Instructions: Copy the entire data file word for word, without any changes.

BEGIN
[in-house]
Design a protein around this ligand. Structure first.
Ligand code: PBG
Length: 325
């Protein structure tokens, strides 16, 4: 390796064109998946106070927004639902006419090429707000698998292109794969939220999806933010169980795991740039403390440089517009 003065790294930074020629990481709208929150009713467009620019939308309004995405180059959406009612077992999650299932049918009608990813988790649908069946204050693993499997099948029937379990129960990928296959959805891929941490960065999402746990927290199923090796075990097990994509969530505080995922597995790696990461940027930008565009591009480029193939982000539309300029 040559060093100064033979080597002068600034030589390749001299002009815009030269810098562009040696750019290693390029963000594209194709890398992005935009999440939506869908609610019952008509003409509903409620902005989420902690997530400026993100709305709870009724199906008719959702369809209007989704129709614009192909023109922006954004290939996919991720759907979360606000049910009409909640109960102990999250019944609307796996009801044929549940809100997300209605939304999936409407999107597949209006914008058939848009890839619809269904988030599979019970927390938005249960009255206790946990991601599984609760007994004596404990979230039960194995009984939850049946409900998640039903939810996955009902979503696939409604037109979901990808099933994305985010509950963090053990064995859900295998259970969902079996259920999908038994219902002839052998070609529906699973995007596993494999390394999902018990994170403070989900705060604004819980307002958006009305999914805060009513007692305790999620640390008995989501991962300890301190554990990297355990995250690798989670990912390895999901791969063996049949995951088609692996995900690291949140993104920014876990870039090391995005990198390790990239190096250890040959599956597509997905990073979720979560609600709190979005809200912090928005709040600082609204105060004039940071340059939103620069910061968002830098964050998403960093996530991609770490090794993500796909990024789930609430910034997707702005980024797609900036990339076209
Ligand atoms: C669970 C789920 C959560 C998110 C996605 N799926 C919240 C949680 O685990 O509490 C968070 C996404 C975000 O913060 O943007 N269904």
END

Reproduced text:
[in-house]
Design a protein around this ligand. Structure first.
Ligand code: PBG
Length: 325
């Protein structure tokens, strides 16, 4: 390796064109998946106070927004639902006419090429707000698998292109794969939220999806933010169980795991740039403390440089517009 003065790294930074020629990481709208929150009713467009620019939308309004995405180059959406009612077992999650299932049918009608990813988790649908069946204050693993499997099948029937379990129960990928296959959805891929941490960065999402746990927290199923090796075990097990994509969530505080995922597995790696990461940027930008565009591009480029193939982000539309300029 040559060093100064033979080597002068600034030589390749001299002009815009030269810098562009040696750019290693390029963000594209194709890398992005935009999440939506869908609610019952008509003409509903409620902005989420902690997530400026993100709305709870009724199906008719959702369809209007989704129709614009192909023109922006954004290939996919991720759907979360606000049910009409909640109960102990999250019944609307796996009801044929549940809100997300209605939304999936409407999107597949209006914008058939848009890839619809269904988030599979019970927390938005249960009255206790946990991601599984609760007994004596404990979230039960194995009984939850049946409900998640039903939810996955009902979503696939409604037109979901990808099933994305985010509950963090053990064995859900295998259970969902079996259920999908038994219902002839052998070609529906699973995007596993494999390394999902018990994170403070989900705060604004819980307002958006009305999914805060009513007692305790999620640390008995989501991962300890301190554990990297355990995250690798989670990912390895999901791969063996049949995951088609692996995900690291949140993104920014876990870039090391995005990198390790990239190096250890040959599956597509997905990073979720979560609600709190979005809200912090928005709040600082609204105060004039940071340059939103620069910061968002830098964050998403960093996530991609770490090794993500796909990024789930609430910034997707702005980024797609900036990339076209
Ligand atoms: C669970 C789920 C959560 C998110 C996605 N799926 C919240 C949680 O685990 O509490 C968070 C996404 C975000 O913060 O943007 N269904």